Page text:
Analysis of a very social malware
21 June 2012 | CERT Polska | #malware


Yesterday Polish security portal,, has informed about a new kind of malware spreading through Facebook (article in Polish). CERT Polska got a sample of this malicious software to analyse. Despite Facebook being not a new attack vector, this malware sample is very interesting. Currently it is detected by some antiviruses, but not even a majority. Additionally, this malware is protected against both debugging and network traffic analysis. In order to protect binary code from reverse engineering, it was obfuscated using a special Protector. Network traffic is encrypted (even the DNS queries!) and produced in excess. provided following VirusTotal results for this malware sample:


How does it spread?

Our analysis showed that malware can spread in a three, very social, ways. Firstly, it spreads through Facebook, writing a chat short chat message and posting following message on a wall:

1[random characters]&resource=youtube&w=[name] :* favourite [random characters] 😀

Secondly, it sends a following Skype message:

youtube favourite [random characters]![random characters]&resource=youtube&w=[name]

Finally, it sends an MSN message:

:*[random characters]&resource=youtube&w=[name] youtube hit [random characters] 😀

After clicking on one of the above links, malware is downloaded to the victim’s computer. Application icon suggests that it is a JPG image. If user has hidden file extensions (turned on by default), she can be persuaded to click on an application, thinking it is an image.

What is it doing?

Upon starting, malware sends a lot of DNS queries (over 70!) asking for different addresses, both of known services (e.g. or and malicious sites, which will be used later to communicate with the C&C server. By doing so, it ensures that the C&C domain is present in the Windows DNS cache, so when malware asks for this domain again there is no evidence in the network traffic which server was used as a C&C. List of all domains is provided below.

Additionally, malicious software does not use the DNS answer directly. IP address retrieved from DNS is in some way “encrypted” and after decryption it is used for an encrypted HTTP communication with the C&C. This makes a network traffic analysis very difficult. Server sends a configuration to the malware which specifies, among other things, the way it should spread. Decrypted config, which our sample downloaded, is provided below.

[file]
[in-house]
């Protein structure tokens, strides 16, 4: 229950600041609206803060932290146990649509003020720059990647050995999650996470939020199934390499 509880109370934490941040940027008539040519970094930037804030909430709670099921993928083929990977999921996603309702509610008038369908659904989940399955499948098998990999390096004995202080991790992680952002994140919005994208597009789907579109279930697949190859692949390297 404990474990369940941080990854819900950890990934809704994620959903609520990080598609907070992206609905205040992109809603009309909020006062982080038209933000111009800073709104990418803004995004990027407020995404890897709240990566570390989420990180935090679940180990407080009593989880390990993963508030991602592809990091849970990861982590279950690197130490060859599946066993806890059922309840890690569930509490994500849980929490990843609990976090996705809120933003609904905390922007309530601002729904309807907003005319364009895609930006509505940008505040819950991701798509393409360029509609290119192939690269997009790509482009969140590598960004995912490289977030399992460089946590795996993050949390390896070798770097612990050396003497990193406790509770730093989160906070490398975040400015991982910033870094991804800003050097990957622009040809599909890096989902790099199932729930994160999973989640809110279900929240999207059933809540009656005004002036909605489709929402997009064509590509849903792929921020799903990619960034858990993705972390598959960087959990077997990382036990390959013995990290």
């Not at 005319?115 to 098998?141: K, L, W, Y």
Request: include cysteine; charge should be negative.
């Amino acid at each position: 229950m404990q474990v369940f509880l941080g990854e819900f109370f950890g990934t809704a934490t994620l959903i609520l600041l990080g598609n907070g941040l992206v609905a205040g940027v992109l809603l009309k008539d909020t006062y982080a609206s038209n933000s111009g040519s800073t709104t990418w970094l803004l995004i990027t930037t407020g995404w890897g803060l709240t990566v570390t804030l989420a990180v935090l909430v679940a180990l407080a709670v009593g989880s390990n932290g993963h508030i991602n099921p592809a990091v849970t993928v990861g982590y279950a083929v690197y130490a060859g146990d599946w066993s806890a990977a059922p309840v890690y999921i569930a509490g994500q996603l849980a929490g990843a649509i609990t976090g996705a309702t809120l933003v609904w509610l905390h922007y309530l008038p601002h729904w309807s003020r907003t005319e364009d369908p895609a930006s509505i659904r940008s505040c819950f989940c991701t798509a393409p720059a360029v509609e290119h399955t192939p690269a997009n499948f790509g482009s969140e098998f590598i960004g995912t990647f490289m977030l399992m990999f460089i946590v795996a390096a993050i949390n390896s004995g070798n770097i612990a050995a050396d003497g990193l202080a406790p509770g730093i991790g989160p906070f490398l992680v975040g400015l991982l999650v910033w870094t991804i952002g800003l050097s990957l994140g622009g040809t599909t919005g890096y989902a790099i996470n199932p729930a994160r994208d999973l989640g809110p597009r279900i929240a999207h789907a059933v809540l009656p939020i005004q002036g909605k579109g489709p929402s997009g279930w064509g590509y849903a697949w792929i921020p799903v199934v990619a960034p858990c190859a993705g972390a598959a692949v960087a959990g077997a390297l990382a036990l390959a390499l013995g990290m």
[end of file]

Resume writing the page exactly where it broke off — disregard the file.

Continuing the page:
youtube hit %RAND2% :D
:* favourite %RAND2%! :D
skype= youtube favourite %RAND3%!;w=%RAND1%&amp;resource=youtube&amp;w=%NAME%
:D ahhahahaa

Configuration is decrypted (and encrypted) using the function below.

Victim’s computer is then used to spread the malware, using contacts from Facebook, Skype and MSN communicator using the links provided above. The

<span class="text">dl</span>

property is used to download additional malicious software and infect the computer with it. Additionaly, homepage of all major browsers is set to the value of

<span class="text">hp</span>

property using a function provided below.

setting homepage

Malware also adds itself to the Windows autorun list.

Domains used to spread the malware are:

However, it should be noted that these malware domains are easily changable through configuration.

Non-standard use of DNS queries

This malware is exceptional in a way that it generates a lot of DNS traffic. Additionally, to retrieve the IP address of C&C it does not use the DNS response directly, rather decrypting it first using a function presented below.

decoding function

For example, if the DNS query returned IP address

<span class="text"></span>

, it will be decrypted to

<span class="text"></span>


How to recognize it in network traffic?

It is very easy to recognize the presence of this malware during a network traffic analysis. It uses a very specific HTTP header

<span class="text">User-Agent: cvc_v105</span>

. Additionaly, an answer from C&C server, always starts with the string

<span class="text">ZG% !GX</span>